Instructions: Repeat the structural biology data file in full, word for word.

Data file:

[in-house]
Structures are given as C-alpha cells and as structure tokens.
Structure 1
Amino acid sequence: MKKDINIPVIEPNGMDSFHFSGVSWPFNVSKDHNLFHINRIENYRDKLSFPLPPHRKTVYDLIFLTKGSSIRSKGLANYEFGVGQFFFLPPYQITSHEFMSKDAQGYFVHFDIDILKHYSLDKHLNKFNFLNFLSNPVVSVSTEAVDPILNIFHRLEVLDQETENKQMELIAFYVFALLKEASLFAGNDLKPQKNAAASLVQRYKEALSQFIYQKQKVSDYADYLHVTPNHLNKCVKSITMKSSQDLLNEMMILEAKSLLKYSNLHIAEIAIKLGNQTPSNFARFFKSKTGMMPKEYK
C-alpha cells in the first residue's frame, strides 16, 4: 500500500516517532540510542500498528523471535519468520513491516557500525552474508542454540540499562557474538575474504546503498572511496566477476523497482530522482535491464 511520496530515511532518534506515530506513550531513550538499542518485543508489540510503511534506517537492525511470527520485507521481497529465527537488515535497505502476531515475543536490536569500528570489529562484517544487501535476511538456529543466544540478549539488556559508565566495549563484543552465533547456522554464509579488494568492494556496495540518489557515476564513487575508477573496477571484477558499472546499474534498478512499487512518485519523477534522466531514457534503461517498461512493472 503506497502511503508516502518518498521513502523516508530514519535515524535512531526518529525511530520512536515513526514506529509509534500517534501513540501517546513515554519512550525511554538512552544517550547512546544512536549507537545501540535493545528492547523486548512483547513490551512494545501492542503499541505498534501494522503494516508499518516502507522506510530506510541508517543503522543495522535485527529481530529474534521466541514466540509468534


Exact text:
[in-house]
Structures are given as C-alpha cells and as structure tokens.
Structure 1
Amino acid sequence: MKKDINIPVIEPNGMDSFHFSGVSWPFNVSKDHNLFHINRIENYRDKLSFPLPPHRKTVYDLIFLTKGSSIRSKGLANYEFGVGQFFFLPPYQITSHEFMSKDAQGYFVHFDIDILKHYSLDKHLNKFNFLNFLSNPVVSVSTEAVDPILNIFHRLEVLDQETENKQMELIAFYVFALLKEASLFAGNDLKPQKNAAASLVQRYKEALSQFIYQKQKVSDYADYLHVTPNHLNKCVKSITMKSSQDLLNEMMILEAKSLLKYSNLHIAEIAIKLGNQTPSNFARFFKSKTGMMPKEYK
C-alpha cells in the first residue's frame, strides 16, 4: 500500500516517532540510542500498528523471535519468520513491516557500525552474508542454540540499562557474538575474504546503498572511496566477476523497482530522482535491464 511520496530515511532518534506515530506513550531513550538499542518485543508489540510503511534506517537492525511470527520485507521481497529465527537488515535497505502476531515475543536490536569500528570489529562484517544487501535476511538456529543466544540478549539488556559508565566495549563484543552465533547456522554464509579488494568492494556496495540518489557515476564513487575508477573496477571484477558499472546499474534498478512499487512518485519523477534522466531514457534503461517498461512493472 503506497502511503508516502518518498521513502523516508530514519535515524535512531526518529525511530520512536515513526514506529509509534500517534501513540501517546513515554519512550525511554538512552544517550547512546544512536549507537545501540535493545528492547523486548512483547513490551512494545501492542503499541505498534501494522503494516508499518516502507522506510530506510541508517543503522543495522535485527529481530529474534521466541514466540509468534